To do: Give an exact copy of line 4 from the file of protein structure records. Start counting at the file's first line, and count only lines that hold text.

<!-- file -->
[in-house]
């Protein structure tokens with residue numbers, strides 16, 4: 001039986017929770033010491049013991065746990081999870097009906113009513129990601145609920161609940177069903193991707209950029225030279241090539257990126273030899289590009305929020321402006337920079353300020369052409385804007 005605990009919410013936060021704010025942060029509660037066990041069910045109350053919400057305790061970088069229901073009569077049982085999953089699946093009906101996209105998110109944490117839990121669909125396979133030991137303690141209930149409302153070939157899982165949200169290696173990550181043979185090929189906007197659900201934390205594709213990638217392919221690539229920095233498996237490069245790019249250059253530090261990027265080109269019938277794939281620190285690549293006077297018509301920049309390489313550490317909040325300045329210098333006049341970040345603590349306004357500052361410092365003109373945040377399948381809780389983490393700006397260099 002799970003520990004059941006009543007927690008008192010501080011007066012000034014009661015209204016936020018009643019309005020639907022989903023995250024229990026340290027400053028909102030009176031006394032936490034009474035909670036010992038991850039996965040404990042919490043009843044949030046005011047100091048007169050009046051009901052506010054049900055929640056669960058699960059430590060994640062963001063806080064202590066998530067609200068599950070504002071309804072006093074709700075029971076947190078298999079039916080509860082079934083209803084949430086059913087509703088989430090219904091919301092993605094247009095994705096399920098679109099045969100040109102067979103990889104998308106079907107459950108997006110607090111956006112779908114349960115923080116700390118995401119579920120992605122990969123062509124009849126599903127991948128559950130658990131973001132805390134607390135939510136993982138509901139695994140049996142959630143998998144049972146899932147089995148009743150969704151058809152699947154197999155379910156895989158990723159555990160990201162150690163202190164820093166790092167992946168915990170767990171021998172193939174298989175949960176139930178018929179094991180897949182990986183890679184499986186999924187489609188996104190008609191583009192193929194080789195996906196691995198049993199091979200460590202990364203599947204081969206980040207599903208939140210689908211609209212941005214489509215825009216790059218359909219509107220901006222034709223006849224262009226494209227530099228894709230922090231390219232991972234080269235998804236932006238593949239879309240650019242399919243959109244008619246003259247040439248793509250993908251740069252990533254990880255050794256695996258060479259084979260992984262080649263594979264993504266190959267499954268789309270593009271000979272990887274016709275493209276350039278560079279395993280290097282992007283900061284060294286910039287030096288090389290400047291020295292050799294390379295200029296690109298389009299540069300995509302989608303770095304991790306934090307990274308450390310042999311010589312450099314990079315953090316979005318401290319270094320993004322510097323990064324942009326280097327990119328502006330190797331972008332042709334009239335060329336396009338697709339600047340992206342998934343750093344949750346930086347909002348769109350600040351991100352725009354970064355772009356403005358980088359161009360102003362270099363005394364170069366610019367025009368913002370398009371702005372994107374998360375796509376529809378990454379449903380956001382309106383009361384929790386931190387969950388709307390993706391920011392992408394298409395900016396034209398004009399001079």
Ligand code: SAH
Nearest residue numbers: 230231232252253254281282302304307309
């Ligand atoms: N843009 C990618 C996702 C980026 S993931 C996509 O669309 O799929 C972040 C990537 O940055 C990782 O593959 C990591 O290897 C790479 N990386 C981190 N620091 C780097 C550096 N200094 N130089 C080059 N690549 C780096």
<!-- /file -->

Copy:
Nearest residue numbers: 230231232252253254281282302304307309